Reflektor is long and weird and indulgent and deeply committed. It has three to five genuinely great songs; it also wanders off into the filler hinterlands for 20 minutes or so (out of 70). 

American Songwriter

Fans craving some kind of thematic hook might be disappointed, but the flow the band achieves from song to song even with the variety of sounds on display should outweigh those concerns. 

Time Out London

‘Reflektor’ is full of swerving trajectories – so much so that it occasionally feels like channel-hopping.

NOW Magazine

It's not a perfect record, but nothing this ambitious was ever going to be. If you've got enough patience though, it's definitely worth the time.


Despite the lulls, the resistance to ending songs, Reflektor lets Arcade Fire shed expectations along with a skin, an act of rejuvenation that few at their level manage with such fierce conviction.

The Independent

It's a brave and sometimes baffling album, broaching difficult themes; though faced with a series of such unforgiving electro-sonic maelstroms, one may hanker for the touches of folksy pastoralism that lightened earlier AF albums.

The Telegraph

Reflektor is an art rock epic, so dense and intense it feels like a pop soundclash: early Talking Heads, Berlin-period Bowie and Achtung Baby-era U2 on a fast spin cycle.

The Observer

Arcade Fire's fourth album is pure death disco: a pulsating, electronic work, heavy of theme but light on its feet.

A.V. Club

The very things that keep Arcade Fire’s fourth album, Reflektor, from unmitigated success are the things that eventually make it compelling: What’s a band to do when its ambitious cracks and deliberate detours both drag it down and push it forward?

Entertainment Weekly

With LCD Soundsystem mastermind James Murphy as their new producer, they sound as separatist as they feel.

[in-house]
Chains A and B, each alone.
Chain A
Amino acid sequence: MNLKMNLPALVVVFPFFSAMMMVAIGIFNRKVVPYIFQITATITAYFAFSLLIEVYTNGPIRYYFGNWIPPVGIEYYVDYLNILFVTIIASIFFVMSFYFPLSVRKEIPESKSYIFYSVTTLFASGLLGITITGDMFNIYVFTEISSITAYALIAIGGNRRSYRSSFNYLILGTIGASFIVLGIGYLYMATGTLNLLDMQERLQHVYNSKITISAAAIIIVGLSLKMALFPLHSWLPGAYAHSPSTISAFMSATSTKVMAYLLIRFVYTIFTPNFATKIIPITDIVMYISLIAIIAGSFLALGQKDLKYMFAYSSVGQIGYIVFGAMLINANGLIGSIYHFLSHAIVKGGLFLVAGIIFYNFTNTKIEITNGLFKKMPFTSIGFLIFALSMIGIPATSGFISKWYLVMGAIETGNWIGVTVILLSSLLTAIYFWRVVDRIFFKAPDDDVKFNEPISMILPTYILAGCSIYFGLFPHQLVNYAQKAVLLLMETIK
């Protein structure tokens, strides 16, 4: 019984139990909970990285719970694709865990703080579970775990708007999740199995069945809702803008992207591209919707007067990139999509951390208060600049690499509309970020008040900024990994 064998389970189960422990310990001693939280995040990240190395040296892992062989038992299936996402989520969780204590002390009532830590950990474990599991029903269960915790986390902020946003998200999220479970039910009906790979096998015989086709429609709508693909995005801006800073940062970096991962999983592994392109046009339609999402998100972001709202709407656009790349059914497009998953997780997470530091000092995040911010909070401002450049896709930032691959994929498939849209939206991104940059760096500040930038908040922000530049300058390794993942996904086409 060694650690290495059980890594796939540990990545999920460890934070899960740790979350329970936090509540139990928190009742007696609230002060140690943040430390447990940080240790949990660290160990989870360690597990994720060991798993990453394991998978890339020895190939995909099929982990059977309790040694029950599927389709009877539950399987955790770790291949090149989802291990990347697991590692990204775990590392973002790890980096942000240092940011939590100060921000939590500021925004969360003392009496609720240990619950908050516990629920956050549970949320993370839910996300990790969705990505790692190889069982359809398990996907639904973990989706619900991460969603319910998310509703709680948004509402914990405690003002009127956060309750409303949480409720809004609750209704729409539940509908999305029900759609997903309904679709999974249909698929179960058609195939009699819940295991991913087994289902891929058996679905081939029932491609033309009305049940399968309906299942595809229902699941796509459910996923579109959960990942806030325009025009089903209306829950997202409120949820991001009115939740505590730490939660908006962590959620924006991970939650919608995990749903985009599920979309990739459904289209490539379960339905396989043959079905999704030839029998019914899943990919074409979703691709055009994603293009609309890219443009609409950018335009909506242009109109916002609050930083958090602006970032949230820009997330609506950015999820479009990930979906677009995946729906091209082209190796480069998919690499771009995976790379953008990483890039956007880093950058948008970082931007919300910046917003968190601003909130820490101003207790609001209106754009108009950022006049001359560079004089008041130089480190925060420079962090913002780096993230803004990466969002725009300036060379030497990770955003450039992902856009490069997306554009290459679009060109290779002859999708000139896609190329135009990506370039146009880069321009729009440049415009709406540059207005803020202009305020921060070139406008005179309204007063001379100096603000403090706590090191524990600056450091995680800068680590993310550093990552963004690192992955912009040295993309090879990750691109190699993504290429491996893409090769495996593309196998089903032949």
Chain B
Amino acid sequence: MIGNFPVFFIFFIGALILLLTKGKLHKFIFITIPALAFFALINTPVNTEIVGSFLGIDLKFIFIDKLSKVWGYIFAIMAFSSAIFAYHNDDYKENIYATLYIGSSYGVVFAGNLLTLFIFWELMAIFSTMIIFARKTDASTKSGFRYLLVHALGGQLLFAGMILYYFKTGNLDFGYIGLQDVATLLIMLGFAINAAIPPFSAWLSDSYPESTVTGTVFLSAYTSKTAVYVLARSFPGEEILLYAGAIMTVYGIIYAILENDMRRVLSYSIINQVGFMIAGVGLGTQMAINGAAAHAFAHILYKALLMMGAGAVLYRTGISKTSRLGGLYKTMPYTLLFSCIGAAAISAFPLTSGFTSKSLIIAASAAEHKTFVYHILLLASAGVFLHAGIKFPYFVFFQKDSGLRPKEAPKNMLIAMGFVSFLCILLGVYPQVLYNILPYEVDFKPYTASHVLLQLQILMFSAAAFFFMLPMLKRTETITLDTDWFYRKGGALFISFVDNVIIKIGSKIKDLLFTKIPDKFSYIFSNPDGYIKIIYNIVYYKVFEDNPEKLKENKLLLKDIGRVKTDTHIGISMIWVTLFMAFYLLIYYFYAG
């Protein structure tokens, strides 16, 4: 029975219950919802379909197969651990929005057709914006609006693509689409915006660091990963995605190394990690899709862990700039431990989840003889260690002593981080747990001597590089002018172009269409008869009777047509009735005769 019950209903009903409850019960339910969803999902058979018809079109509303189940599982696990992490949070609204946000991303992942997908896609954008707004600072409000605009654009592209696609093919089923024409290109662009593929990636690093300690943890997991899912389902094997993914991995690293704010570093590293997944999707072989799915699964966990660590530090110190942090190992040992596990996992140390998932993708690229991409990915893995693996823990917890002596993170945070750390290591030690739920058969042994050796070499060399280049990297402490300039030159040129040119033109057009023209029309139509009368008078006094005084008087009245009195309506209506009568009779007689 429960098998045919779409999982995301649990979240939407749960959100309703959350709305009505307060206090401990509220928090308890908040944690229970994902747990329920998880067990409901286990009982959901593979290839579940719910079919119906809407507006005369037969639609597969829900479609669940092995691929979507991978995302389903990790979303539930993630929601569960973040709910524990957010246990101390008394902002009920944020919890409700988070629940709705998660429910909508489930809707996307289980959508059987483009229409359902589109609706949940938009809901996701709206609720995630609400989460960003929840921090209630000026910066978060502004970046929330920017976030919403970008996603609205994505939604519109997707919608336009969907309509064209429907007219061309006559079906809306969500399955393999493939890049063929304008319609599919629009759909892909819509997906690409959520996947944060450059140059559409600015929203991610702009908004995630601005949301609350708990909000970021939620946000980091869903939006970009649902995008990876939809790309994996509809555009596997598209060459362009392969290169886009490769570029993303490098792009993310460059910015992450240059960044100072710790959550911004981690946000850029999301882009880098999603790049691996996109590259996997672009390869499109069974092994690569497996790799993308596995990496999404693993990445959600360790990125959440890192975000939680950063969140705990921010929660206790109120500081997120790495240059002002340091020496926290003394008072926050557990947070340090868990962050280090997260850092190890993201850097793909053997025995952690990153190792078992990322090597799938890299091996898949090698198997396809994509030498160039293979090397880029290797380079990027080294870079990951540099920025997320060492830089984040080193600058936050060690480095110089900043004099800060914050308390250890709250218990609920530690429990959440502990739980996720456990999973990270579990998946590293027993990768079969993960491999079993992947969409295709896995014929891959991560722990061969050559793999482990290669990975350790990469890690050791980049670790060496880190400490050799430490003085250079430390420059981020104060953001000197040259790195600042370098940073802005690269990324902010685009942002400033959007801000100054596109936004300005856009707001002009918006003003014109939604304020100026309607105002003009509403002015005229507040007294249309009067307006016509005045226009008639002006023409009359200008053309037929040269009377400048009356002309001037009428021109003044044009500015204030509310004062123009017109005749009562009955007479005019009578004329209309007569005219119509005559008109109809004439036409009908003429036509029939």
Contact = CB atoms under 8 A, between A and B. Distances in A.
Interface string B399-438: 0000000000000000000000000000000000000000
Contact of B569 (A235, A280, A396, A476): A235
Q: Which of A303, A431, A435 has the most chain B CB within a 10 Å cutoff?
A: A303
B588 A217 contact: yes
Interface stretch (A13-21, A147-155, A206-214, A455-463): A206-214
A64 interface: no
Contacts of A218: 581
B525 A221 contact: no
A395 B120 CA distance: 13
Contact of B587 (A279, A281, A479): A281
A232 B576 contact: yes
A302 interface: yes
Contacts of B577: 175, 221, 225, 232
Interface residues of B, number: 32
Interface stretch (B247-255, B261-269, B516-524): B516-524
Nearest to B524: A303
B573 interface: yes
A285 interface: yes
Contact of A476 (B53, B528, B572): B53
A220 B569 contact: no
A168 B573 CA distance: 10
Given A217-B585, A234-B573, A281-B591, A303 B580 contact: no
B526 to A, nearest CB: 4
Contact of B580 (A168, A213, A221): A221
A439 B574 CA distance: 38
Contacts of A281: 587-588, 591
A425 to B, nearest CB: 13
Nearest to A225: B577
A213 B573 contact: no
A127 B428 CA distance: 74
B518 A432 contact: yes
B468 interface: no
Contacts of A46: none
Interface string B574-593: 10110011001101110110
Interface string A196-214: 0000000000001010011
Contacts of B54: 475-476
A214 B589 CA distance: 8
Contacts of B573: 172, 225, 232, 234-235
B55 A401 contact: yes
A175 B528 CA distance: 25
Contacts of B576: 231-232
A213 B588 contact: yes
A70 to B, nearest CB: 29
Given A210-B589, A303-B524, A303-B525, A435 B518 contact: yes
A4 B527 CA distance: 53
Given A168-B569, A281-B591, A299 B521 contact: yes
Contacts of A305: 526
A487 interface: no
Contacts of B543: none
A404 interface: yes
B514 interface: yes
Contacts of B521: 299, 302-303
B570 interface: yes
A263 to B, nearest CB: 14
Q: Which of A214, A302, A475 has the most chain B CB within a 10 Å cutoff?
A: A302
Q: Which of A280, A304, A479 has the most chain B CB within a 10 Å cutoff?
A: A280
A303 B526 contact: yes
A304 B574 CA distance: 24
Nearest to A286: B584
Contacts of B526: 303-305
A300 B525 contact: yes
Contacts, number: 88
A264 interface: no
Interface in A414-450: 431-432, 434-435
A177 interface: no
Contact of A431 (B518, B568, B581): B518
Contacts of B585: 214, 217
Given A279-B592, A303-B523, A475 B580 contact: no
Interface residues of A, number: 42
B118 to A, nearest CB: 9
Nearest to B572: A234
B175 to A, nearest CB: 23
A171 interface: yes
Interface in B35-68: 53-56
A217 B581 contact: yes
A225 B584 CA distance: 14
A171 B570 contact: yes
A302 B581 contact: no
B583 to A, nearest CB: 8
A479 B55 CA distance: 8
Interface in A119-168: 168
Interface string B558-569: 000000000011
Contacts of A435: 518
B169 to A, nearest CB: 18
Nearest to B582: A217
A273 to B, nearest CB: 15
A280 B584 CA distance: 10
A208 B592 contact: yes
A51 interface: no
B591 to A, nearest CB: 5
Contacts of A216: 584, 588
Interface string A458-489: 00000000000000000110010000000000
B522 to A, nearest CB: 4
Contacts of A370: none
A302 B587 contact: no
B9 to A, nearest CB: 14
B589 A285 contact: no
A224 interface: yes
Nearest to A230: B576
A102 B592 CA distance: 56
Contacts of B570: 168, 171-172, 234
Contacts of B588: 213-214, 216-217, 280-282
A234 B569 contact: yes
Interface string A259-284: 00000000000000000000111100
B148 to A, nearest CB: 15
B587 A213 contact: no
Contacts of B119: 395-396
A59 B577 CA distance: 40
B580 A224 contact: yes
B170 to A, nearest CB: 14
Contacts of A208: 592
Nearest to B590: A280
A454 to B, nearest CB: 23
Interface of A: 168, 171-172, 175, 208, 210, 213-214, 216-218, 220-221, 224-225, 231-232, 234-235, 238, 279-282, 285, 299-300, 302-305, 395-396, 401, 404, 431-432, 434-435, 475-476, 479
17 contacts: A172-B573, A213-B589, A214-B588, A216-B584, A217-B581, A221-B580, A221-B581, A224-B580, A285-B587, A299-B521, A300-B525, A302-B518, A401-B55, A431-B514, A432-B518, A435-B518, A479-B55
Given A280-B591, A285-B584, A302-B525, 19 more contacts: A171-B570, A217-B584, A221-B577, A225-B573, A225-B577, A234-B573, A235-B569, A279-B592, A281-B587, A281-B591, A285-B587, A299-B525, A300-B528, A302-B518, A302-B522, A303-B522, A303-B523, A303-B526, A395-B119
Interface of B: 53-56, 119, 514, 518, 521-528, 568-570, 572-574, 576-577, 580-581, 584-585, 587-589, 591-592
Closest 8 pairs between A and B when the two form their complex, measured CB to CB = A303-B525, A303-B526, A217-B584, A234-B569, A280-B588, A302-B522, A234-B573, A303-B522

Spectrum Culture

Reflektor shows Arcade Fire in no way diminished, but also not pushing forward much.


Yes, Reflektor is very well an intellectual triumph, but—in a first for this band—it’s almost never an emotional one.

Northern Transmissions

Reflektor is an admirable effort on the bands part to make a change and adjust to their newfound stardom, but it suffers from a few glaring problems. With some rearranging and skimming the tracks to a single LP, the record would be as classic as anything else the band has released, but ultimately the album falls a little short.


Reflektor is as fascinating as it is frustrating, an oddly compelling miasma of big pop moments and empty sonic vistas that offers up a (full-size) snapshot of a band at its commerical peak, trying to establish eye contact from atop a mountain.


Reflektor is an artistic gamble from Arcade Fire; a bold statement from a band less intent on competing with their contemporaries and who, instead, focus on doing what they want to do, which this time round seems to be to dance.

No Ripcord

Reflektor hits too many high points to entirely consider it a failure, and despite its convoluted lyrical content and overreaching scope it still crosses the double album finish line with satisfactory results. 

FACT Magazine

Reflektor is the sound of an act who, almost uniformly across the album, and for the first time in their careers, are playing as a band. 


Reflektor is the sound of a few goofballs throwing themselves a well-deserved party, present are the requisite anxieties that go hand in hand with playing host.